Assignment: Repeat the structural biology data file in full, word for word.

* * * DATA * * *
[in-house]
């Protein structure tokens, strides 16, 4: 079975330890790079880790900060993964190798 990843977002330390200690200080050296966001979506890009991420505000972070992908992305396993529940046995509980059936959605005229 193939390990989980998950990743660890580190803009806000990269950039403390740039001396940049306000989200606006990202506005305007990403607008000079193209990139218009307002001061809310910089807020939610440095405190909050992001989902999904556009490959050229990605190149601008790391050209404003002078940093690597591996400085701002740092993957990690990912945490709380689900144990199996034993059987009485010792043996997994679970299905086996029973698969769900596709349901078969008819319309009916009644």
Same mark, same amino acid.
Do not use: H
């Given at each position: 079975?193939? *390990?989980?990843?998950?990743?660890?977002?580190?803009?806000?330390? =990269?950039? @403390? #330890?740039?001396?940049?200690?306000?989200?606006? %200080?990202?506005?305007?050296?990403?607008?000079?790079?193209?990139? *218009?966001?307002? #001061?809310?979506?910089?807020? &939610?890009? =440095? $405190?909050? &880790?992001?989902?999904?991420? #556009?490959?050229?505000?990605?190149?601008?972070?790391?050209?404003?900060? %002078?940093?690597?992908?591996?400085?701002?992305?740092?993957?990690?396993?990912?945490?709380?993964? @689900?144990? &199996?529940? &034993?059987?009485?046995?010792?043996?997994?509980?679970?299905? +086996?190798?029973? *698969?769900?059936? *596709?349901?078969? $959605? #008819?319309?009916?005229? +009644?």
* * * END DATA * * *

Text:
[in-house]
């Protein structure tokens, strides 16, 4: 079975330890790079880790900060993964190798 990843977002330390200690200080050296966001979506890009991420505000972070992908992305396993529940046995509980059936959605005229 193939390990989980998950990743660890580190803009806000990269950039403390740039001396940049306000989200606006990202506005305007990403607008000079193209990139218009307002001061809310910089807020939610440095405190909050992001989902999904556009490959050229990605190149601008790391050209404003002078940093690597591996400085701002740092993957990690990912945490709380689900144990199996034993059987009485010792043996997994679970299905086996029973698969769900596709349901078969008819319309009916009644």
Same mark, same amino acid.
Do not use: H
């Given at each position: 079975?193939? *390990?989980?990843?998950?990743?660890?977002?580190?803009?806000?330390? =990269?950039? @403390? #330890?740039?001396?940049?200690?306000?989200?606006? %200080?990202?506005?305007?050296?990403?607008?000079?790079?193209?990139? *218009?966001?307002? #001061?809310?979506?910089?807020? &939610?890009? =440095? $405190?909050? &880790?992001?989902?999904?991420? #556009?490959?050229?505000?990605?190149?601008?972070?790391?050209?404003?900060? %002078?940093?690597?992908?591996?400085?701002?992305?740092?993957?990690?396993?990912?945490?709380?993964? @689900?144990? &199996?529940? &034993?059987?009485?046995?010792?043996?997994?509980?679970?299905? +086996?190798?029973? *698969?769900?059936? *596709?349901?078969? $959605? #008819?319309?009916?005229? +009644?």